# Virial Equilibrium of Isothermal Spheres

## Review

In an introductory discussion of the virial equilibrium structure of spherically symmetric configurations — see especially the section titled, Energy Extrema — we deduced that a system's equilibrium radius, $~R_\mathrm{eq}$, measured relative to a reference length scale, $~R_0$, i.e., the dimensionless equilibrium radius,

$~\chi_\mathrm{eq} \equiv \frac{R_\mathrm{eq}}{R_0} \, ,$

is given by the root(s) of the following equation:

$2C \chi^{-2} + ~ (1-\delta_{1\gamma_g})~3 B\chi^{3 -3\gamma_g} +~ \delta_{1\gamma_g} 3B_I ~-~3A\chi^{-1} -~ 3D\chi^3 = 0 \, ,$

where the definitions of the various coefficients are,

 $~A$ $~\equiv$ $\frac{1}{5} \frac{GM_\mathrm{tot} ^2}{R_0} \cdot \frac{\mathfrak{f}_W}{\mathfrak{f}_M^2} \, ,$ $~B$ $~\equiv$ $K M_\mathrm{tot} \biggl( \frac{3M_\mathrm{tot} }{4\pi R_0^3} \biggr)^{\gamma_g - 1} \cdot \frac{\mathfrak{f}_A}{\mathfrak{f}_M^{\gamma_g}} = \bar{c_s}^2 M_\mathrm{tot} \cdot \frac{\mathfrak{f}_A}{\mathfrak{f}_M^{\gamma_g}} \, ,$ $~B_I$ $~\equiv$ $c_s^2 M_\mathrm{tot} \, ,$ $~C$ $~\equiv$ $\frac{5J^2}{4M_\mathrm{tot} R_0^2} \cdot \frac{\mathfrak{f}_M}{\mathfrak{f}_T} \, ,$ $~D$ $~\equiv$ $\frac{4}{3} \pi R_0^3 P_e \, .$

Once the pressure exerted by the external medium ($~P_e$), and the configuration's mass ($~M_\mathrm{tot}$), angular momentum ($~J$), and specific entropy (via $~K$) — or, in the isothermal case, sound speed ($~c_s$) — have been specified, the values of all of the coefficients are known and $~\chi_\mathrm{eq}$ can be determined.

## Isolated, Nonrotating Configuration

For a nonrotating configuration $~(C=J=0)$ that is not influenced by the effects of a bounding external medium $~(D=P_e = 0)$, the statement of virial equilibrium is,

$~ (1-\delta_{1\gamma_g})~3(\gamma_g-1) B\chi^{3 -3\gamma_g} +~ \delta_{1\gamma_g} B_I ~-~A\chi^{-1} = 0 \, .$

### Isothermal Evolutions

For isothermal configurations $~(\delta_{1\gamma_g} = 1)$, one and only one equilibrium state arises where,

$~ B_I = A\chi^{-1} \, ,$

that is,

$~ R_\mathrm{eq} = R_0 \chi_\mathrm{eq} = \frac{A}{B_I}\cdot R_0 = \frac{GM}{5c_s^2} \, .$

## Nonrotating Configuration Embedded in an External Medium

For a nonrotating configuration (C = J = 0) that is embedded in, and is influenced by the pressure Pe of, an external medium, the statement of virial equilibrium is,

$(1-\delta_{1\gamma_g})~3 B\chi^{3 -3\gamma_g} +~ \delta_{1\gamma_g} 3B_I ~-~3A\chi^{-1} -~ 3D\chi^3 = 0 \, .$

### Bounded Isothermal

For isothermal configurations $(\delta_{1\gamma_g} = 1)$, we deduce that equilibrium states exist at radii given by the roots of the equation,

$3B_I ~-~3A\chi^{-1} -~ 3D\chi^3 = 0 \, .$

#### Bonnor's (1956) Equivalent Relation

Inserting the expressions for the coefficients $~B_I$, $~A$, and $~D$ gives,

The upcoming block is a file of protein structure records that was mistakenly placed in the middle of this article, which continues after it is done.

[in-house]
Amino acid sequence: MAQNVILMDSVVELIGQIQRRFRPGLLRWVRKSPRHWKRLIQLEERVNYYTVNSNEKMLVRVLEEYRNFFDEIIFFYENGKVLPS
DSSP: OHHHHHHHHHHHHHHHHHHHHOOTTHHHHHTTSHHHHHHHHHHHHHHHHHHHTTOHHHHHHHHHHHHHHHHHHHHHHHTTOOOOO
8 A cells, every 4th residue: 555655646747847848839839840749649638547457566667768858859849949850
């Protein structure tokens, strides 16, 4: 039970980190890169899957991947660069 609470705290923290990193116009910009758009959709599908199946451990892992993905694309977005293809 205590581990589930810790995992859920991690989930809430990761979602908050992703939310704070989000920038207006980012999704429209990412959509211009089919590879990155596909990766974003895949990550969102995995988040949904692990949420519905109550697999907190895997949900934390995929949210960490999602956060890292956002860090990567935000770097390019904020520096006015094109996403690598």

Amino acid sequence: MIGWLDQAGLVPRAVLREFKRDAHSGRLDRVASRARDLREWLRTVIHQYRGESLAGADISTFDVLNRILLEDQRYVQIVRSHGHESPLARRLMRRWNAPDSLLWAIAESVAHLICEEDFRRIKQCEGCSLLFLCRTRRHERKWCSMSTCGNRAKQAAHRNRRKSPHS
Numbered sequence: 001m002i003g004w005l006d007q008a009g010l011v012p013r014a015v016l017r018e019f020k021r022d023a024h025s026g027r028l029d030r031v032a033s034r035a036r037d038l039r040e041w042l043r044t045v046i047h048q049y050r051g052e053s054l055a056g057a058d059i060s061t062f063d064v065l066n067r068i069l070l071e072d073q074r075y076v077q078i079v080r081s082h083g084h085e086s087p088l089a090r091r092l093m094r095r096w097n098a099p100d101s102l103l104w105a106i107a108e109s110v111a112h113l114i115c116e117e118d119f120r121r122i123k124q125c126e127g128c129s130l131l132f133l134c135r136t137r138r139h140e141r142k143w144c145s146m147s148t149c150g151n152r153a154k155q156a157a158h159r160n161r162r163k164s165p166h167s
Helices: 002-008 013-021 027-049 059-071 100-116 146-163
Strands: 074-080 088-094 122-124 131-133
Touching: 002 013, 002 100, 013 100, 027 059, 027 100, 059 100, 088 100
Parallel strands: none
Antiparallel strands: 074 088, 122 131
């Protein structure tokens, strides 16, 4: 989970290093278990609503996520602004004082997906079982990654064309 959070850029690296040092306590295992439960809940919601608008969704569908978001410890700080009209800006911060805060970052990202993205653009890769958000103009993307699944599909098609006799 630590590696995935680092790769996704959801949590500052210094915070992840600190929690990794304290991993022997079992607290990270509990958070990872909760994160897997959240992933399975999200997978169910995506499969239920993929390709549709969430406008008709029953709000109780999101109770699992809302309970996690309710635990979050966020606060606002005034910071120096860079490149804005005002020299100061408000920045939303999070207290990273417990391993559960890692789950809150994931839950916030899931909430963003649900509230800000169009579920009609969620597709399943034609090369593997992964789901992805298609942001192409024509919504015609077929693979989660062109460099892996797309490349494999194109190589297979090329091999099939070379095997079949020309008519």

$~ 3Mc_s^2 ~- \frac{3}{5} \frac{GM^2}{R} = 3 P_e \biggl( \frac{4\pi}{3} R^3\biggr) \, ,$

or, because the volume $~V = (4\pi R^3/3)$ for a spherical configuration, we can write,

$~3P_e V = 3Mc_s^2 ~- \frac{3}{5} \biggl( \frac{4\pi}{3} \biggr)^{1/3} \frac{GM^2}{V^{1/3}} \, .$

It is instructive to compare this expression for a self-gravitating, isothermal equilibrium sphere to the one that was presented in 1956 by Bonnor (1956, MNRAS, 116, 351) as equation (1.2) in a paper titled, "Boyle's Law and Gravitational Instability":

Once we realize that, for an isothermal configuration, twice the thermal energy content, $~2S$, can be written as $~(3NkT)$ just as well as via the product, $~(3Mc_s^2)$, we see that our expression is identical to Bonnor's if we set the prefactor on Bonnor's last term, $~\alpha = (4\pi/3)^{1/3}/5$. (Indeed, later on the first page of his paper, Bonnor points out that this is the appropriate value for $~\alpha$ when considering a uniform density sphere.)

#### P-V Diagram

Returning to the dimensionless form of this expression and multiplying through by $~[-\chi/(3D)]$, we obtain,

$\chi^4 - \frac{B_I}{D} \chi + \frac{A}{D} = 0 \, .$

Now, taking a cue from the solution presented above for an isolated isothermal configuration, we choose to set the previously unspecified scale factor, $~R_0$, to,

$R_0 = \frac{GM}{5c_s^2} \, ,$

in which case $~B_I = A$, and the quartic equation governing the radii of equilibrium states becomes, simply,

$\chi^4 - \frac{\chi}{\Pi} + \frac{1}{\Pi} = 0 \, ,$

where,

$\Pi \equiv \frac{D}{B_I} = \frac{4\pi R_0^3 P_e}{3Mc_s^2} = \frac{4\pi P_e G^3 M^2}{3\cdot 5^3 c_s^8} \, .$

For a given choice of $~P_e$ and $~c_s$, $~\Pi^{1/2}$ can represent a dimensionless mass, in which case,

$M = \Pi^{1/2} \biggl( \frac{3\cdot 5^3}{2^2\pi}\biggr)^{1/2} \biggl( \frac{c_s^8}{P_e G^3} \biggr)^{1/2} \, .$

Alternatively, for a given choice of configuration mass and sound speed, this parameter, $~\Pi$, can be viewed as a dimensionless external pressure; or, for a given choice of $~M$ and $~P_e$, $~\Pi^{-1/8}$ can represent a dimensionless sound speed. In most of what follows we will view $~\Pi$ as a dimensionless external pressure.

The above quartic equation can be rearranged immediately to give the external pressure that is required to obtain a particular configuration radius, namely,

$\Pi = \frac{(\chi - 1)}{\chi^4} \, .$

The resulting behavior is shown by the black curve in Figure 2.